On Dec. 7, 1941 Winston Churchill was at Chequers, his weekend retreat, with the U.S Ambassador to Great Britain and many top military officers. For almost two years Britain had held out against Nazi Germany’s efforts to bomb them to oblivion and force a surrender. At some point that evening they turned on the radio to listen to the latest news from the BBC. What they heard was both terrible and wonderful for Churchill. Pearl Harbor had been bombed by the Japanese. That terrible news caused Churchill to brighten. He was careful not to show elation to his American guest. But the reason for his heightened mood was confirmed when he reached President Roosevelt by phone. Roosevelt told Churchill, “Winston, we’re in the same boat now.” And with the United States in the boat, Churchill knew they would defeat both Japan and the Nazis. Thus, a dark day became for Churchill the day when he knew for certain that Great Britain would prevail in its desperate struggle for survival.
The SBC is sometimes referred to as a great ship. What we’ve learned, however, is that not everyone believes were on the same boat. I believe that we are on the same boat, huddled up in our own groups, and the boat is severely damaged and taking on water. If the ship is saved and serviceable to effectively advance God’s mission in the future, we need to work together to repair the damage and save the ship. How can we do this?
First, advancing God’s mission is the purpose of the SBC, and the Cooperative Program fuels the mission. Make no mistake, Southern Baptists built what we have inherited through a unified, voluntary, cooperative effort, and this effort was blessed by God. “Miracle” is not hyperbole when describing the missionary system that thousands of churches cooperated to build.
Second, multiple fractures in the hull of the SBC ship have sorely damaged support of the Cooperative Program, leading to a steep decline in mission capacity. In 2007-2008 SBC churches contributed over $548 million through CP to fuel the mission work of the Southern Baptists. That dropped to $462 million in 2018-2019. Inflation adds another $100+ million to the impact of the decline. The CFO for the SBC Executive Committee reported in February 2021 that churches contributing through CP over that same period declined from 34,322 to 29,064, a drop of 5,258 churches contributing to missions through CP. 15 out of every 100 churches stopped giving to the SBC during the last decade. This is a major reason we have 2,000 fewer international missionaries, among other losses.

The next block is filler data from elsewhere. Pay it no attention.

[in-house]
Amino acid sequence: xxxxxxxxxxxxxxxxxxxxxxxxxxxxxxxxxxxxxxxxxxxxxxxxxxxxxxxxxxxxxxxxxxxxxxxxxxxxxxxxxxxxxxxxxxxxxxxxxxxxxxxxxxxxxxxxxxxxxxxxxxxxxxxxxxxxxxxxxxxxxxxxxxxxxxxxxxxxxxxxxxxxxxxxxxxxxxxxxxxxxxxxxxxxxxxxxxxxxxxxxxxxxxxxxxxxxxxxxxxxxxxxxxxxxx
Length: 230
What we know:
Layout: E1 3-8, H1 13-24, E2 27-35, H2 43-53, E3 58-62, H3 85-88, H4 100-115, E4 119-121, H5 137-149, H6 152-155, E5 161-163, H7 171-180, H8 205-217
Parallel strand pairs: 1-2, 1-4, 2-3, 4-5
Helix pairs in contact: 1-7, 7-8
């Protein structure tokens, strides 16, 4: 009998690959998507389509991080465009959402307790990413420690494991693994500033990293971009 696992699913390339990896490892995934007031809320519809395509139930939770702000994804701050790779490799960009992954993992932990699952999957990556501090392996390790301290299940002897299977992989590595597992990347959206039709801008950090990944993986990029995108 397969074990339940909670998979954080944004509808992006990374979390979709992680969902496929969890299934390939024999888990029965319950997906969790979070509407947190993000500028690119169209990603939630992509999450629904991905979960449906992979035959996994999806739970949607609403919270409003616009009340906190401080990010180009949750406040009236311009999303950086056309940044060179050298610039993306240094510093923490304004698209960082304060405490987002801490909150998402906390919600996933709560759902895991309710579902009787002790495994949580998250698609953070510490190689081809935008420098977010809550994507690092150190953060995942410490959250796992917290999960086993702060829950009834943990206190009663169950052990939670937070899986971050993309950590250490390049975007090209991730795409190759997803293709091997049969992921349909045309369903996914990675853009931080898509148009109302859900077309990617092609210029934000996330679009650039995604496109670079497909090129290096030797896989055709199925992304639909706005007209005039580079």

The fractures that have led to huge declines in cooperative mission’s giving are numerous. I have written elsewhere that I believe the changes wrought by the Great Commission Resurgence (GCR) strategy, and its implementation by NAMB, have greatly harmed the mission of Southern Baptists. Adopted in 2010, the GCR created the biggest fracture in the ship because it turned SBC mission strategy upside down, becoming top-down instead of bottom up. It also destroyed mission partnerships between NAMB and state conventions and local associations. Without question, there are other large and serious fractures in the ship involving theology, politics, and theories regarding racism.